I wanted to differentiate between fighter-type Characters and magic-users, limiting Spell use to the latter. This seemed like a huge dent in the possibilities for playing a Warrior, so to compensate I created Potions as a separate card type (not just Objects). This allowed limited Spell-like effects for Warriors without compromising classic fantasy tropes. Rogues of course, get a bit of both. Warriors also get Weapons and Armour.
Mainly for flavour again, I wanted to separate the Event cards that represented visitations by powerful beings (eg Angel, Devil) and make them distinct.
The Strange Eons software I used to create all the cards allows an Encounter Number of 0; so I thought, why not use it? It seemed to work with the idea of omnipotent beings overseeing our heroes on their adventures.
Victory and Defeat
I made the decision to remove flavour text from cards early on, to streamline the cards (though I do enjoy a good bit of flavour text as much as the next guy). This left more room for differentiating cards, especially Enemies. Apart from taking a Trophy, I wanted Characters to be able to gain additional rewards (or suffer more torments) on their heroic quest.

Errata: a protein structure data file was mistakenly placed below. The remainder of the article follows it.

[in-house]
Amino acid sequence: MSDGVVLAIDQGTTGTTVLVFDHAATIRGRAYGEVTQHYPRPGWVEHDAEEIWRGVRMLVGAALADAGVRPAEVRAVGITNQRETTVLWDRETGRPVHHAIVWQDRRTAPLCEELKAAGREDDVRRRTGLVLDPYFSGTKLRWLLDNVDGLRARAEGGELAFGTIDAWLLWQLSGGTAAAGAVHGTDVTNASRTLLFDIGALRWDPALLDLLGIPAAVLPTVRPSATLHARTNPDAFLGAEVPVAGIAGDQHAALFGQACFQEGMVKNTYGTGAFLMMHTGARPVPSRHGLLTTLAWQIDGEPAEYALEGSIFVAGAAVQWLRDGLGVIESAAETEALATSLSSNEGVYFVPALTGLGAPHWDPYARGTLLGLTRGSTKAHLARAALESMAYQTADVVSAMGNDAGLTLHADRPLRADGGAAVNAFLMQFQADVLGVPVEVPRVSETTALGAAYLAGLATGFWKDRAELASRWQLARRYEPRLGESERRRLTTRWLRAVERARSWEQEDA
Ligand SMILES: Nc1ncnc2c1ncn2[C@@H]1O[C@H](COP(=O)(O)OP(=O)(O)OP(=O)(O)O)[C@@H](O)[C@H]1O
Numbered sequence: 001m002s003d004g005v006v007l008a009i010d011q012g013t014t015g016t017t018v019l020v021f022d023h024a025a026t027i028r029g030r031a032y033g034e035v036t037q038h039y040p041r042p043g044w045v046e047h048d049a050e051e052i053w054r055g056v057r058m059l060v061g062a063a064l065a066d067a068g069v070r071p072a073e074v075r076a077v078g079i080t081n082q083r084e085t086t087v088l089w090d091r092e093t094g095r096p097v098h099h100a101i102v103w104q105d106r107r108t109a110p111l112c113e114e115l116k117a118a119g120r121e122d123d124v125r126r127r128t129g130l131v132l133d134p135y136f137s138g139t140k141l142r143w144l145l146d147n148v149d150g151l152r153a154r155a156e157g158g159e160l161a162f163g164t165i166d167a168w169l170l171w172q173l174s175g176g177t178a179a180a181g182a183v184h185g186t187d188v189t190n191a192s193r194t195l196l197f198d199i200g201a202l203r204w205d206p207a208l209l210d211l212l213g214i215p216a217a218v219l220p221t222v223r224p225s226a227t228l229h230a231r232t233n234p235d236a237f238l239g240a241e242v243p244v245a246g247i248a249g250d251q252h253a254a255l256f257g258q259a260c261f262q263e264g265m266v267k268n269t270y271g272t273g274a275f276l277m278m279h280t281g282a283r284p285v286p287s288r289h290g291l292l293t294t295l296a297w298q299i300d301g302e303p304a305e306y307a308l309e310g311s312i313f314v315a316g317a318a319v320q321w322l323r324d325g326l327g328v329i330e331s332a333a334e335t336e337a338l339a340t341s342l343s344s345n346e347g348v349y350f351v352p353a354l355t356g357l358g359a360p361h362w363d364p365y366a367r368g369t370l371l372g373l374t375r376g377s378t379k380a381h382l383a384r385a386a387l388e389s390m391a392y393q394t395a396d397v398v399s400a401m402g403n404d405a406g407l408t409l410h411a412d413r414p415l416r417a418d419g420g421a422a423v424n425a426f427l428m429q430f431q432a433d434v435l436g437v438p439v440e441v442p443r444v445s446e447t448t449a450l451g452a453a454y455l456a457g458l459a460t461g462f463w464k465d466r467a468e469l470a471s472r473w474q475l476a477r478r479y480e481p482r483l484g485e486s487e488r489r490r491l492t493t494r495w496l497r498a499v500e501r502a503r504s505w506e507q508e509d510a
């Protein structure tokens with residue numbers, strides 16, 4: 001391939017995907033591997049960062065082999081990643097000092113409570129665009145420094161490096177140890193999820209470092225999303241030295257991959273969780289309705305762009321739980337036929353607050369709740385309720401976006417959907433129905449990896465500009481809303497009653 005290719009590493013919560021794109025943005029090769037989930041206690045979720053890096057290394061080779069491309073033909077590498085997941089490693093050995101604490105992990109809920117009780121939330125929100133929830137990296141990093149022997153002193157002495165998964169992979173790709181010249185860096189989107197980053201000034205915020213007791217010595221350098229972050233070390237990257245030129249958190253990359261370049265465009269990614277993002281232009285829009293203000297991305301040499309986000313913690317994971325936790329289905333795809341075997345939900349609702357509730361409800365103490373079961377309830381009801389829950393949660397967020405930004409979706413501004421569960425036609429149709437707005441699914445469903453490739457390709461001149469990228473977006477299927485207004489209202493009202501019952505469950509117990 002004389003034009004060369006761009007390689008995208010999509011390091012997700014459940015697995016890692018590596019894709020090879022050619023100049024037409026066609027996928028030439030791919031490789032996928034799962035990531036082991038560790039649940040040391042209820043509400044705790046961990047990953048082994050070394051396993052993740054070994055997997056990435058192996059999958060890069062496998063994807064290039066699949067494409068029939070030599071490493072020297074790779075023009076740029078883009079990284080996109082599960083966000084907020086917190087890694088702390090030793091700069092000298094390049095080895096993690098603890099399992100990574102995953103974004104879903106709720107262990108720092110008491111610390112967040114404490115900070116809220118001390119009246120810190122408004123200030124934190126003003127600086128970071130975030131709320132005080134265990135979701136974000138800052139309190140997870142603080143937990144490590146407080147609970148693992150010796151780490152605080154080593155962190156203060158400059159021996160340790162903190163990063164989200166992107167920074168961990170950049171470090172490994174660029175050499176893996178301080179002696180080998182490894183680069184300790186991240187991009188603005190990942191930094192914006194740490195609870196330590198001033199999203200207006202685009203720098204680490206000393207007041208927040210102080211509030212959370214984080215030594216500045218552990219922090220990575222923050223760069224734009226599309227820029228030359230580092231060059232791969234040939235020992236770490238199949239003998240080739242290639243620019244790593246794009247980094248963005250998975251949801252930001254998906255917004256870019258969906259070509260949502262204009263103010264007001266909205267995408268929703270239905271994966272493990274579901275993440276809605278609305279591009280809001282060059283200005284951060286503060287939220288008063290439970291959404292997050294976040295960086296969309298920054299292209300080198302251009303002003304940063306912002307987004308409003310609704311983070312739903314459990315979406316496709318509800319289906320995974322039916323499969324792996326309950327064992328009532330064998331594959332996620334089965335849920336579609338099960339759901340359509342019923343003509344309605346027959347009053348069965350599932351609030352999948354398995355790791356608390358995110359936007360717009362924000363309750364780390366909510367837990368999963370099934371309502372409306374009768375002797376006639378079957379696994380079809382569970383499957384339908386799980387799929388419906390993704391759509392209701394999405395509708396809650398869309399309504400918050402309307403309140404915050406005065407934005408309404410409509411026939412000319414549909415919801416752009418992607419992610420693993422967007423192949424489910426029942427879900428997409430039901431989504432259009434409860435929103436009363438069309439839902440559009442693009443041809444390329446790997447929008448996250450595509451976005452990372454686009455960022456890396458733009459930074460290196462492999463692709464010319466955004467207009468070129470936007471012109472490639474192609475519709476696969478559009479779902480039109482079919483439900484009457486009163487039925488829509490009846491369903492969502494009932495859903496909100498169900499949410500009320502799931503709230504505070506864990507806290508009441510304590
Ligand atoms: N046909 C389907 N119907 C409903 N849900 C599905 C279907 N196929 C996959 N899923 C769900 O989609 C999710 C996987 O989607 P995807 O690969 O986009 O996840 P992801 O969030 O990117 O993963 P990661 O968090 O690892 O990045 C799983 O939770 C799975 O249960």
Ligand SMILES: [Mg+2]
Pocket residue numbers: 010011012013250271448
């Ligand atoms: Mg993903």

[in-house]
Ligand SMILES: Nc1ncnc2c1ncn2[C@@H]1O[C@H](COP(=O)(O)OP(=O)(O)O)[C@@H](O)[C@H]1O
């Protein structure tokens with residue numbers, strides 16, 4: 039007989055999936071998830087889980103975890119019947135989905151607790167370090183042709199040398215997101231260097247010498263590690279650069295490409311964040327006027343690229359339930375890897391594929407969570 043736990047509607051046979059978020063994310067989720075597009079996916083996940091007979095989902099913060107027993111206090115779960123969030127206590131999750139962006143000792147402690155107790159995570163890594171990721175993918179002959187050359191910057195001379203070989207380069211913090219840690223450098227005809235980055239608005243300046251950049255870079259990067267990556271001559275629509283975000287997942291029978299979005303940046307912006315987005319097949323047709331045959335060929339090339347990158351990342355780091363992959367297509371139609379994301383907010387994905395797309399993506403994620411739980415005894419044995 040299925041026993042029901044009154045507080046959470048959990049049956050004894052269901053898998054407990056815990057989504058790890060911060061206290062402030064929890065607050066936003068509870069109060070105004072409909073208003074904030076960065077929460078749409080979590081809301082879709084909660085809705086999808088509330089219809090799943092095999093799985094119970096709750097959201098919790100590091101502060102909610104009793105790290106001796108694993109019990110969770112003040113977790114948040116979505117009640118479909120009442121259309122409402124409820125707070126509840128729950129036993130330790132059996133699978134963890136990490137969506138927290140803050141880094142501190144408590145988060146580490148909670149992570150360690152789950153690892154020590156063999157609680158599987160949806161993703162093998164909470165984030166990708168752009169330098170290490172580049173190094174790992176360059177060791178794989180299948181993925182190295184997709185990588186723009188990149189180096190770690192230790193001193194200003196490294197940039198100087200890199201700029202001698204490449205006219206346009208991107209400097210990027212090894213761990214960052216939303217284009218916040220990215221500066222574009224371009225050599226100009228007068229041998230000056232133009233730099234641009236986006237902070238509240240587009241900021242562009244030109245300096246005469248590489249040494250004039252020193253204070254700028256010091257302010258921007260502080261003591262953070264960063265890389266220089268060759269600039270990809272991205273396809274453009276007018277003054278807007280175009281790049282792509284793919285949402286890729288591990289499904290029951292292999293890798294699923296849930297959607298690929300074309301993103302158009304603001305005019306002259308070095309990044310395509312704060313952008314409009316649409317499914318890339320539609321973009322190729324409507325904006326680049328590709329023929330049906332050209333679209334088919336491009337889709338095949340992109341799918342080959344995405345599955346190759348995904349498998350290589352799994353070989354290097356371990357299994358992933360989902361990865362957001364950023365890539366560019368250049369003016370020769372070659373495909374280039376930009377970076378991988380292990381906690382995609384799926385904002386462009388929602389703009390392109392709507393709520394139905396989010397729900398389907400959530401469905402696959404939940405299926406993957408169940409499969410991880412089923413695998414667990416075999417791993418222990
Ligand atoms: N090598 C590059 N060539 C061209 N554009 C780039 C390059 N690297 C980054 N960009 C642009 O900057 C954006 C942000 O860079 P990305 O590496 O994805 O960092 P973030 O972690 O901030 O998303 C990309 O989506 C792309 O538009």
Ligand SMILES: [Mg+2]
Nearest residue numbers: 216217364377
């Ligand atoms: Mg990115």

There are no cards or rules relating to Quests in my version, though there are Objects and Followers (‘Passengers’) that give quest-like opportunities. I may consider adding this back in at a later date. From playing 4th (Revised) Edition, I have not come across many players who make much use of Quests and Quest Rewards; also, I prefer cards with pictures on them!
Is my version of Talisman any more balanced that other versions? I doubt it, though I have tried to make every Character interesting to play in their own right. Possibly some of the Destinies are too strong or too weak, but that’s all part of the randomness that still is, essentially, Talisman! My bias has always been the storytelling aspect of the game.